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The Netherlands wants more Nigerian students

Art, culture and everything great you would want in a country is in the Netherlands. Source: Ståle Grut on Unsplash

Affordable costs, wide availability of English-language courses and world-renowned universities – The Netherlands ambassador to Nigeria Robert Petri touted all these at a recent education fair to attract young Nigerians to consider Dutch institutions for their higher education.

Speaking to News Agency of Nigeria (NAN) during the Second Edition of ‘Study in Holland Education Fair’ in Lagos, Petri called upon Nigerians to take up the chance to study abroad.

According to Unesco data, most Nigerian students appear to prefer the United Kingdom, Malaysia and Ghana for tertiary studies, with these three countries making up nearly half of the total Nigerian student population abroad.

“We really want young Nigerians to know that there are currently huge opportunities for them to come and study in the Netherlands at affordable costs,” Petri said.

“We really want young Nigerians to have international orientation during and after their studies in different Dutch internationally-recognised universities and colleges.”

The Netherlands is experiencing a boom in international student enrollment, thanks to inexpensive living costs and a high quality of life.

The Netherland’s high quality of living is another draw for international students. According to the OECD, more Dutch people are satisfied with their quality of life than the global average. Source: Nick Scheerbart on Unsplash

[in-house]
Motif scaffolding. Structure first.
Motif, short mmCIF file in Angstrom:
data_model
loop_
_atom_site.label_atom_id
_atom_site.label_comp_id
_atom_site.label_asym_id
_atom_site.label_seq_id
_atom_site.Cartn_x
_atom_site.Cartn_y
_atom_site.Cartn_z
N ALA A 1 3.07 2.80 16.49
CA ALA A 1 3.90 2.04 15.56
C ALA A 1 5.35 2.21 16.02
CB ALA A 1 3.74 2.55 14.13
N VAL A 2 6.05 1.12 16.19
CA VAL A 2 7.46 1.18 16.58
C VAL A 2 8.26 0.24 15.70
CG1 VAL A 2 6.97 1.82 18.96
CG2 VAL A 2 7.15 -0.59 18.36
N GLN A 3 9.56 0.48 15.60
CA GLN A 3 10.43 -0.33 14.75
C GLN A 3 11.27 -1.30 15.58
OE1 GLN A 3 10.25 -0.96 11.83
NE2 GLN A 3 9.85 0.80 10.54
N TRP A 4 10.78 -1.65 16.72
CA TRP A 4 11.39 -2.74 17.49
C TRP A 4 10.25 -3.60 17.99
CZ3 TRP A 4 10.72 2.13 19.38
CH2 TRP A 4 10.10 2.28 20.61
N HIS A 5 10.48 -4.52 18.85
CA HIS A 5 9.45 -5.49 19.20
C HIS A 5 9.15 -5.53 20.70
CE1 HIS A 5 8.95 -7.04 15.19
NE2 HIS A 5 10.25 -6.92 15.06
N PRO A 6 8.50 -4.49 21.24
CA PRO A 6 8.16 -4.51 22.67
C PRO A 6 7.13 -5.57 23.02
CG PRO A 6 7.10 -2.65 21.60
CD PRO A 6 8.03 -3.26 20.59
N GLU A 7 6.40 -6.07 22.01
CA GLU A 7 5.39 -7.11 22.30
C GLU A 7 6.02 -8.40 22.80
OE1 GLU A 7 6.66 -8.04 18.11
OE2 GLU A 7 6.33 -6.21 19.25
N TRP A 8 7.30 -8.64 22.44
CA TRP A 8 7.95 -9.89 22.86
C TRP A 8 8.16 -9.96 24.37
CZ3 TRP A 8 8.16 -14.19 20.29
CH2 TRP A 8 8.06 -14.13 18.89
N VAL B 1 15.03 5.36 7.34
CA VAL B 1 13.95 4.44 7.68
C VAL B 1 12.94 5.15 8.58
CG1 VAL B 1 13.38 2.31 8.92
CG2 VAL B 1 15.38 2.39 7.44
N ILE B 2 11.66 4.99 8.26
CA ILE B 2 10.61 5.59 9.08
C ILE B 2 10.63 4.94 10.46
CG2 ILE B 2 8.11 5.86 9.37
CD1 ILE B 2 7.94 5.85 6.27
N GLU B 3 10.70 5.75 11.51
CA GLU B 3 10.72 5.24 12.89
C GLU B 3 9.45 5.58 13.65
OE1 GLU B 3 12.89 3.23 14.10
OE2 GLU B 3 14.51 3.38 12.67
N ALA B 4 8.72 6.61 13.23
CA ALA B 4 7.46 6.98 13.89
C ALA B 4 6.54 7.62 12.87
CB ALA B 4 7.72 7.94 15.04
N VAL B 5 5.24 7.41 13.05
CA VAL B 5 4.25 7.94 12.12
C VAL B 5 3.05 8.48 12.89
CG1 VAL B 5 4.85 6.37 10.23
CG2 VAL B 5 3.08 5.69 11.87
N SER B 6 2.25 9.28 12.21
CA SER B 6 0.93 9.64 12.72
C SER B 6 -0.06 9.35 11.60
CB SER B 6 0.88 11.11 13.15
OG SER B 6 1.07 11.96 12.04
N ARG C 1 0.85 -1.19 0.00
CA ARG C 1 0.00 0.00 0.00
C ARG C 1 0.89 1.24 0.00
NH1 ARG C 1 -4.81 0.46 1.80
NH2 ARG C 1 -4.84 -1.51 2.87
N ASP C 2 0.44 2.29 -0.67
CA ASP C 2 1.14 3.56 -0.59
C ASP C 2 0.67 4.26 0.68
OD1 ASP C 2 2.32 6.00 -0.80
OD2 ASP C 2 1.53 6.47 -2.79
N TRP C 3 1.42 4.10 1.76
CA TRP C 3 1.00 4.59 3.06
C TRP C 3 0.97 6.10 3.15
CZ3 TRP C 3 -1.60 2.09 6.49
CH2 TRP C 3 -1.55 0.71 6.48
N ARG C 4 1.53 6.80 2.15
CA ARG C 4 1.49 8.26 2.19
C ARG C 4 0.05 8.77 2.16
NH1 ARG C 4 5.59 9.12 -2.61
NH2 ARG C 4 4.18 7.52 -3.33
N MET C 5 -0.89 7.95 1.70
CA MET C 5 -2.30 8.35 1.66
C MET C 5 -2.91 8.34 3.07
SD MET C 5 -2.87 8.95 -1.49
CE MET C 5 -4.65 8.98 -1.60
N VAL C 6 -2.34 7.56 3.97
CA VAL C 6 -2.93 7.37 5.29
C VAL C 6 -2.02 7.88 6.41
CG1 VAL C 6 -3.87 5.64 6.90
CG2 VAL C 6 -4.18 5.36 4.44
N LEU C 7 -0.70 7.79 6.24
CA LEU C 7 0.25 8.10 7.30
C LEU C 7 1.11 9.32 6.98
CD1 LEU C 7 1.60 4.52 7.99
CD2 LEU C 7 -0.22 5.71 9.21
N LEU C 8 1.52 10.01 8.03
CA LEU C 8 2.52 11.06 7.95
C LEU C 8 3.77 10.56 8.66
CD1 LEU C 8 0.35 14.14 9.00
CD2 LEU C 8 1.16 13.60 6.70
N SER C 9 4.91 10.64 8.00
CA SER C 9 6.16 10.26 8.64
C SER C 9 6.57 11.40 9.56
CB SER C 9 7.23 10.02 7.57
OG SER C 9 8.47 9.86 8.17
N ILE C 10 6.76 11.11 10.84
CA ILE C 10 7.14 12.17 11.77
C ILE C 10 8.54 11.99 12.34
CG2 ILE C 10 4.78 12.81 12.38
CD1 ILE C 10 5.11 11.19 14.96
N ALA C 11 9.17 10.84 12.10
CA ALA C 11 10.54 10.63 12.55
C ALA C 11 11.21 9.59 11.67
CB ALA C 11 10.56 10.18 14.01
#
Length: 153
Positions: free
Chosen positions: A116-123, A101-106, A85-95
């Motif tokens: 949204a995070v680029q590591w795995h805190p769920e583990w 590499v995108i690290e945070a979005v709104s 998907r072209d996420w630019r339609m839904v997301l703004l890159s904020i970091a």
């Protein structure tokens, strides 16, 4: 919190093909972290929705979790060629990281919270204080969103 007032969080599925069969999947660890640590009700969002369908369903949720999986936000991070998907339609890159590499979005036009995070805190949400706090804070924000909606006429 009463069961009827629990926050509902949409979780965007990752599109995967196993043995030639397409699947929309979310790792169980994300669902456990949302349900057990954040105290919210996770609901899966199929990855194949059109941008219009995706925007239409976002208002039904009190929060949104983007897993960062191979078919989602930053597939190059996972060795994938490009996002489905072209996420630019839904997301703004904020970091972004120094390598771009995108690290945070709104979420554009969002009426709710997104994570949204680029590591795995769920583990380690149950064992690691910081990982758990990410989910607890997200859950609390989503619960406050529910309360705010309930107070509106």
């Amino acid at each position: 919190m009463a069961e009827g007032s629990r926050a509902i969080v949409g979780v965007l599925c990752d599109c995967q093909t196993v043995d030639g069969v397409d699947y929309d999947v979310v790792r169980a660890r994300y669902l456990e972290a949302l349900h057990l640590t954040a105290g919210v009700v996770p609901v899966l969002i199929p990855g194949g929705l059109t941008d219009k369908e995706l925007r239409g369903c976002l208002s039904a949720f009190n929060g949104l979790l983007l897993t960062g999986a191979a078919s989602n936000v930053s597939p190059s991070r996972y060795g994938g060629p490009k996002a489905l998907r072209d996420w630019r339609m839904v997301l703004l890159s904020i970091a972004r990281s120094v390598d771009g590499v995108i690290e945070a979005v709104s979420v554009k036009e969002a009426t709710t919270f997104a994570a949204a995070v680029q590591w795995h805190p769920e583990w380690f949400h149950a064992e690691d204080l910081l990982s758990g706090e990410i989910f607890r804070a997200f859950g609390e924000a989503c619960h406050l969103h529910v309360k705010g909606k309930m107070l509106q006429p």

Some 122,000 international students from 162 countries are now enrolled in Dutch universities – 10,000 more than last year – and one in three Master’s students at universities in Delft, Wageningen, Eindhoven and Enschede come from abroad, according to data collected by Nuffic, the Netherlands organization for international cooperation in higher education.

But not everyone is pleased with this huge inflow of students from abroad.

Dutch student union LSVb has criticised the rising intake of international students into the Netherlands this year, calling it a “worrying” trend.

This upward trend has adverse impacts on the country and its citizens, the union said earlier this month, such as the large number of programs offered exclusively in the English language.

Three out of four master’s programs and one out of five bachelor’s programs at its research universities are now English-only. Currently, 80,000 Dutch students and 40,000 international students are enrolled in such programs.

These are the same programs that the union describes as having “deteriorating quality”  and where “Dutch students suddenly have to compete with international students for a place at the program”.

“Universities do everything they can to attract as many international students as possible, but do not take the consequences into account. We call on the universities to take a step back and reflect on their strategy.”

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